News Release

Historic urban Landscape Paradigm—A tool for balancing values and changes in the urban conservation process

Peer-Reviewed Publication

Higher Education Press

Industrial structures and sculptures in the urban reclamation project of Yangpu River in Shanghai


Industrial structures and sculptures in the urban reclamation project of Yangpu River in Shanghai.

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Credit: Ken Taylor

Today, for the first time in human history, more than half of the world’s population lives in cities. Coincidentally, within the field of cultural heritage conservation, increasing international interest and attention over the past two decades has been focused on urban areas. This is timely because the pressure for economic development and for the prioritizing of engagement with the global economy have accompanied rapid urbanization. In many societies, economic development has privileged modernization efforts leading to the loss of traditional communities. Accompanying this has been a concentration in the field of urban conservation on famous buildings and monuments rather than seeing cities as communities of people with values and belief systems that are reflected in a city’s overall setting: its cultural landscape. The Historic Urban Landscape approach is intended to address this distinction by critically discussing city communities, and how they are reservoirs of human memory and identity. This raises the question of the role of nostalgia in the field of urban conservation studies: is nostalgia an important phenomenon in understanding how the past is both brought to bear on the present and on the development of social and political agendas for the future? This article explores alternative ways of seeing cities particularly through the Historic Urban Landscape paradigm.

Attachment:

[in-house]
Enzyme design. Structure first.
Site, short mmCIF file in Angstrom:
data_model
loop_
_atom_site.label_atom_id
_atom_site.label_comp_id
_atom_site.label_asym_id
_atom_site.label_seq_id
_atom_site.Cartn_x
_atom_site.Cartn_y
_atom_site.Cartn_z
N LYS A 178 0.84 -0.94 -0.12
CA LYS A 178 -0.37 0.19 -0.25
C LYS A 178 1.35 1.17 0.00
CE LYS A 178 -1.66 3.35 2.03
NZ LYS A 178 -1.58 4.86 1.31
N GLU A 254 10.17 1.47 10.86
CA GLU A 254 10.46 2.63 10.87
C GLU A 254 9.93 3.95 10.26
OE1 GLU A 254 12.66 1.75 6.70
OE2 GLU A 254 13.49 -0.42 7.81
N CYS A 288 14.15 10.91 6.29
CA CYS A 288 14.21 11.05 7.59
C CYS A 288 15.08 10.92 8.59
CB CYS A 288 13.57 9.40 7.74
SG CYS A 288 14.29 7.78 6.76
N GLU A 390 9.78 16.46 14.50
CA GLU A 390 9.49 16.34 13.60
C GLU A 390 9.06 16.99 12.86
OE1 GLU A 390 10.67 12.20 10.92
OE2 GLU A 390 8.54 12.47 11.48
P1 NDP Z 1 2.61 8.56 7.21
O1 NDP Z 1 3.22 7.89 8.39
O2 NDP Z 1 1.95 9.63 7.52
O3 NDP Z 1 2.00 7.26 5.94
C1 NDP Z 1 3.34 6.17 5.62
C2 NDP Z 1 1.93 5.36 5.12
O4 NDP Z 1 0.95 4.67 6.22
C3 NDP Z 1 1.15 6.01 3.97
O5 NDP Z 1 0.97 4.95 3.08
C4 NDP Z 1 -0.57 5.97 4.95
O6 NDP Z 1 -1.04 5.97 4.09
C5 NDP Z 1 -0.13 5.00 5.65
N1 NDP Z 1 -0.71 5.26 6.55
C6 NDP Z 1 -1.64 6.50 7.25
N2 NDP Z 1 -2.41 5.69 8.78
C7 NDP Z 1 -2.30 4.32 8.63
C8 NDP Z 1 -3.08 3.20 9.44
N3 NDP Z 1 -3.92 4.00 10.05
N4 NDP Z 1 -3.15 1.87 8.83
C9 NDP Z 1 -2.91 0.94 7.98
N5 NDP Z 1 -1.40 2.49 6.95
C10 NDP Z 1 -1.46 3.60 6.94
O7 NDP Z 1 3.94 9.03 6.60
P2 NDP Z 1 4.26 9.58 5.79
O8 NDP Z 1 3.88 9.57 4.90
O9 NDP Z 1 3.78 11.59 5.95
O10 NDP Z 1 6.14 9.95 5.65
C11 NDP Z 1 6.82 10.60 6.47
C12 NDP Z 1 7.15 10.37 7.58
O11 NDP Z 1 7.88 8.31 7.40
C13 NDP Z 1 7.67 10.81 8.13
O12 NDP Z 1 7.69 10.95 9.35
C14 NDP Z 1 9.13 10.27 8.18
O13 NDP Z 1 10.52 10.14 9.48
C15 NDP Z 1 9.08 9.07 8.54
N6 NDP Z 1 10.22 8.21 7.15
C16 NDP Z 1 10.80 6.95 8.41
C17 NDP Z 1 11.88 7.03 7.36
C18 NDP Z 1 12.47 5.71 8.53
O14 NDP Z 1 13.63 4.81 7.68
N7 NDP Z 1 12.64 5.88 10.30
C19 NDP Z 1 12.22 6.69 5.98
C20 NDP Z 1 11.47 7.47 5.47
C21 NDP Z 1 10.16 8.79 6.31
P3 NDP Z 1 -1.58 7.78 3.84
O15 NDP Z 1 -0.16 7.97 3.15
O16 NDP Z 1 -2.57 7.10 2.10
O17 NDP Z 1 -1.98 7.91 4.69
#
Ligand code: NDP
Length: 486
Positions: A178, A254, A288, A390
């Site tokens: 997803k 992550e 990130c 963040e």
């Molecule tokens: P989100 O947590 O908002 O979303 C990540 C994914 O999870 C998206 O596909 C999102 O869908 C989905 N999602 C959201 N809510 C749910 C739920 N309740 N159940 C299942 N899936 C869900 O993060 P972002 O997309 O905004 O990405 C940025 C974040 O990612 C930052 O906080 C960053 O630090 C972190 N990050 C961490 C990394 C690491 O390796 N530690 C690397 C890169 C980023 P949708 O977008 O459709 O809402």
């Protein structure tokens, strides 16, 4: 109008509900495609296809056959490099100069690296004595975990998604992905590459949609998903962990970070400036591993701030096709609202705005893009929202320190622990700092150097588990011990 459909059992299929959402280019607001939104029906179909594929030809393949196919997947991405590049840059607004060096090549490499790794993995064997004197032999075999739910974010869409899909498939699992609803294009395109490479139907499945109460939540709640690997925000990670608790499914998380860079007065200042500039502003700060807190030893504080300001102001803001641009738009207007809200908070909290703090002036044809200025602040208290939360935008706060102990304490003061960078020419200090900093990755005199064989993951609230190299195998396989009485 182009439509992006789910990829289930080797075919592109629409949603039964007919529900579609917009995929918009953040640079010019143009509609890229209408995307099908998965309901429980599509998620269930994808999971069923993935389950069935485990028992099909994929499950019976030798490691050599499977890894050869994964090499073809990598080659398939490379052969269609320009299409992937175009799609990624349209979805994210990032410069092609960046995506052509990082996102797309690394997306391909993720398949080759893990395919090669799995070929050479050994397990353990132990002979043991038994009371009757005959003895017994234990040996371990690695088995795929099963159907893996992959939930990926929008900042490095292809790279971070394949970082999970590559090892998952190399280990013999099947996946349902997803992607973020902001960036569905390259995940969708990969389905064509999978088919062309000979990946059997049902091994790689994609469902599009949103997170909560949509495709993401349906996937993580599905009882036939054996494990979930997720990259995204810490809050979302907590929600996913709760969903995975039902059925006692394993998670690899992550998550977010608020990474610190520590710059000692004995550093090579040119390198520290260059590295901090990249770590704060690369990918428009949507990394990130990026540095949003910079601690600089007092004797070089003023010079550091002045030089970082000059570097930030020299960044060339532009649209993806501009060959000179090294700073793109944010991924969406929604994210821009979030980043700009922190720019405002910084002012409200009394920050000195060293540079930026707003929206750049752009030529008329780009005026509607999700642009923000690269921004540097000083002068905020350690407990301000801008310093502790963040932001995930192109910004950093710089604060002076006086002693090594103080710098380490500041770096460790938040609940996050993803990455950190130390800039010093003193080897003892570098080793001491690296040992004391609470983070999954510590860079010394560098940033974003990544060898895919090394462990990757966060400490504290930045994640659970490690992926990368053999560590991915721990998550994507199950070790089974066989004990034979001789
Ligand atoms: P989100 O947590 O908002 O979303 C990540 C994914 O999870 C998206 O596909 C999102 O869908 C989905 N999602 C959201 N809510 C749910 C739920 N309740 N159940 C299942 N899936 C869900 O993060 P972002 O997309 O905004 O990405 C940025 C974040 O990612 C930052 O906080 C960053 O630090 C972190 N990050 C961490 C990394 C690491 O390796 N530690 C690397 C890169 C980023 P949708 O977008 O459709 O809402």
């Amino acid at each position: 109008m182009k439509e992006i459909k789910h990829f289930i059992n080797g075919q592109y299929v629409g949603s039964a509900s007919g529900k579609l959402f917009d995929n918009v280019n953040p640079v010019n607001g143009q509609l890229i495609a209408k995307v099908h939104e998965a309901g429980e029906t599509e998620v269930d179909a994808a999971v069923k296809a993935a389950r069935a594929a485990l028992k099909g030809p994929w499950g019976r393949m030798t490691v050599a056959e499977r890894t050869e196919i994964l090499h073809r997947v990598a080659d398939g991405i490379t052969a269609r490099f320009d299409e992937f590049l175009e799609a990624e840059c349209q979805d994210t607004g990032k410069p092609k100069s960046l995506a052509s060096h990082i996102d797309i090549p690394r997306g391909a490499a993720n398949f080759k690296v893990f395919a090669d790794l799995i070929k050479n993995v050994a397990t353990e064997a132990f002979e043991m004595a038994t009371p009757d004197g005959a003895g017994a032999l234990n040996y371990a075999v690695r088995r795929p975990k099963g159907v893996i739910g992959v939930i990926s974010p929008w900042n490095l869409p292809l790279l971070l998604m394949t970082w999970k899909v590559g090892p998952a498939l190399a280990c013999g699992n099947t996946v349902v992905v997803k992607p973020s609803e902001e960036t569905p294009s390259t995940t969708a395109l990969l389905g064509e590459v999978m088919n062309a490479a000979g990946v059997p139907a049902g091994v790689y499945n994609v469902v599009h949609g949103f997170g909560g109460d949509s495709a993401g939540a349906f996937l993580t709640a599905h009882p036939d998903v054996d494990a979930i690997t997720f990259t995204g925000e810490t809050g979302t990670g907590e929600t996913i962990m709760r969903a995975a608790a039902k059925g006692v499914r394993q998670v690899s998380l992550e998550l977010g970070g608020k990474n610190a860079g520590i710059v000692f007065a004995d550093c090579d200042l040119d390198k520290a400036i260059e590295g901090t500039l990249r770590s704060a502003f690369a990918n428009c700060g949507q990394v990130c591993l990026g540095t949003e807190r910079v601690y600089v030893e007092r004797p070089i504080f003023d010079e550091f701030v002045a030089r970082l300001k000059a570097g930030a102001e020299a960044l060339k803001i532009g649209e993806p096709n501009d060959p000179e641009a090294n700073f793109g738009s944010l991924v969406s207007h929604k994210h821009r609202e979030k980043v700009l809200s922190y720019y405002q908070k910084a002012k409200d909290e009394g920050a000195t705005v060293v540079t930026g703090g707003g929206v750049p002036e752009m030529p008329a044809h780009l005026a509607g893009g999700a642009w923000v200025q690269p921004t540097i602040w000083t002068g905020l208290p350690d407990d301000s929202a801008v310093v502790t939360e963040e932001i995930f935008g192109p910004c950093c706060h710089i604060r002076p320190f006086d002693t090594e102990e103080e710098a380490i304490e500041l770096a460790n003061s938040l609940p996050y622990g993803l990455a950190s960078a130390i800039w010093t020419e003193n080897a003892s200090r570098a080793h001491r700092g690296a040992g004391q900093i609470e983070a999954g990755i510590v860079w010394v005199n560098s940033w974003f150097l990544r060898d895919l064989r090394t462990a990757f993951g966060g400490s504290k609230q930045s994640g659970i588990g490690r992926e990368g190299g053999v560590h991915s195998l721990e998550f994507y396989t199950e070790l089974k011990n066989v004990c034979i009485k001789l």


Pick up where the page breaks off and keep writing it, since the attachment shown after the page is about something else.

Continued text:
The work entitled “Historic Urban Landscape Paradigm —A Tool for Balancing Values and Changes in the Urban Conservation Process” was published on the journal of Landscape Architecture Frontiers.

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